LARGE quantities of low protein wheat has forced Japan noodle wheat tenders to reduce minimum requirements for noodle wheat protein blends this year.
The cool wet winter, coupled with higher than average yields, saw protein levels drop across WA.
Across Australian ASW grade wheat is making up around 40 per cent of this year's crop, well up on historical averages.
Following discussions with WA grain industry representatives in December, the Ministry of Agriculture, Forestry and Fisheries Japan (MAFF) confirmed that the noodle wheat tender would resume from this month with a revised minimum noodle wheat protein blend of 9.7pc, a decrease of 0.3pc from the previous minimum of 10pc.
APW1 will also be included as an allowable grade in the noodle wheat industry for this season only.
Grain Industry Association of WA (GIWA) Wheat Council chairman Dr Richard Williams said the tender variation was a positive outcome for the WA grain industry because it maintained continuity of supply into a valuable market.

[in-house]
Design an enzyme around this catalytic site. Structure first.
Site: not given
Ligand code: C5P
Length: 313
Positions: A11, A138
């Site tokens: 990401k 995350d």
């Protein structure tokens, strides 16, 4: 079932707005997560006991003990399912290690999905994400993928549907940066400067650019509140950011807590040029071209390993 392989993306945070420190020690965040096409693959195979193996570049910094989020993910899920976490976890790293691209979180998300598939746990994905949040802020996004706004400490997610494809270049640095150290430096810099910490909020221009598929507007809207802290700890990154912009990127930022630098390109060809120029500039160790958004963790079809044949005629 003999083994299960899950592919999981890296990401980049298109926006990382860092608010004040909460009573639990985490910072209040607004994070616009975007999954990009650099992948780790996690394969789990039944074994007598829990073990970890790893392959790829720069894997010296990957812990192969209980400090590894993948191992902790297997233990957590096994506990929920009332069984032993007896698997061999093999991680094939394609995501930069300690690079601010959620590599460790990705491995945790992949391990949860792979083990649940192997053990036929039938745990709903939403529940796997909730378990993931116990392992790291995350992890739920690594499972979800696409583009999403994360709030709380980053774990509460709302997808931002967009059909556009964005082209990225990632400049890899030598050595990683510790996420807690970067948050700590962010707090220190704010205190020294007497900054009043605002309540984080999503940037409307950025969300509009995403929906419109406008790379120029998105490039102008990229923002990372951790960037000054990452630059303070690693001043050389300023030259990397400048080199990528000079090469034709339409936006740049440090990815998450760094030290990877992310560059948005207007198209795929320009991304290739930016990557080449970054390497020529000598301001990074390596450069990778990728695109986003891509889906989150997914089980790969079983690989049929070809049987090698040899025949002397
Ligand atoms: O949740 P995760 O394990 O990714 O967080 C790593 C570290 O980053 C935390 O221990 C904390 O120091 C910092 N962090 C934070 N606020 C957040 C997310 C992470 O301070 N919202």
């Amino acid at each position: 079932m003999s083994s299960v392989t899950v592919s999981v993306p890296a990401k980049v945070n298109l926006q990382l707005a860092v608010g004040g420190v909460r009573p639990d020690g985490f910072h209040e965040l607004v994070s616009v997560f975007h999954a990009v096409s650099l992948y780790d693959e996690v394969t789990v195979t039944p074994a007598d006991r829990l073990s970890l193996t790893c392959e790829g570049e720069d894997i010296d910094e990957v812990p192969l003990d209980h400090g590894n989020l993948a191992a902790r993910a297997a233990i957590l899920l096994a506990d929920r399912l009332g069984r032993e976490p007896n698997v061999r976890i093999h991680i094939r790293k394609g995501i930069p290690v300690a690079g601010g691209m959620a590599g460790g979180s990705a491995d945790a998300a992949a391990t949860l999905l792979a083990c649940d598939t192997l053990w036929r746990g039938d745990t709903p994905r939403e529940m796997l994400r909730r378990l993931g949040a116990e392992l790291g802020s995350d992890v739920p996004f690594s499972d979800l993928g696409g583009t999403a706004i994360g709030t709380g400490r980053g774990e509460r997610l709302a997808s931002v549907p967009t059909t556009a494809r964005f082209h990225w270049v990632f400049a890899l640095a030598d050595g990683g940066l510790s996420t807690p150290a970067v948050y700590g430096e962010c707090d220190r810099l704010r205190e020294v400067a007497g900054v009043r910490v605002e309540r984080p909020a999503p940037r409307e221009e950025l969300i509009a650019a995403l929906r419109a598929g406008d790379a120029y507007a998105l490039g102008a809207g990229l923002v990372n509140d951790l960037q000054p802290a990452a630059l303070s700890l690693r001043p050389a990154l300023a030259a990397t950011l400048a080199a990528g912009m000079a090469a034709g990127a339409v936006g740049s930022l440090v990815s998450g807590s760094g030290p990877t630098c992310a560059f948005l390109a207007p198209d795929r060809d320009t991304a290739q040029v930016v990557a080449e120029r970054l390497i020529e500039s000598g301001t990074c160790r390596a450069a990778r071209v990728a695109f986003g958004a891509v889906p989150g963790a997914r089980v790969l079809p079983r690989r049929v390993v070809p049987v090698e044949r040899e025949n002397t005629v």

GIWA placed the 2016-17 season total grain production at 18.16 million tonnes, with wheat making up 10.15mt.
Noodle wheat production is estimated to be 9pc of the total production.
According to a review by GIWA and the Australian Export Grains Innovation Centre into the WA noodle wheat industry released in September last year, Japan and Korea import about 1.7mt of wheat.
The review was completed following concerns about a decline in ANW production in recent years.
The review found that while the differentiated noodle wheat segment was well supported by the market, the agronomic and price benefit of growing ANW compared to APW and hard wheat varieties meant many growers were moving away from ANW.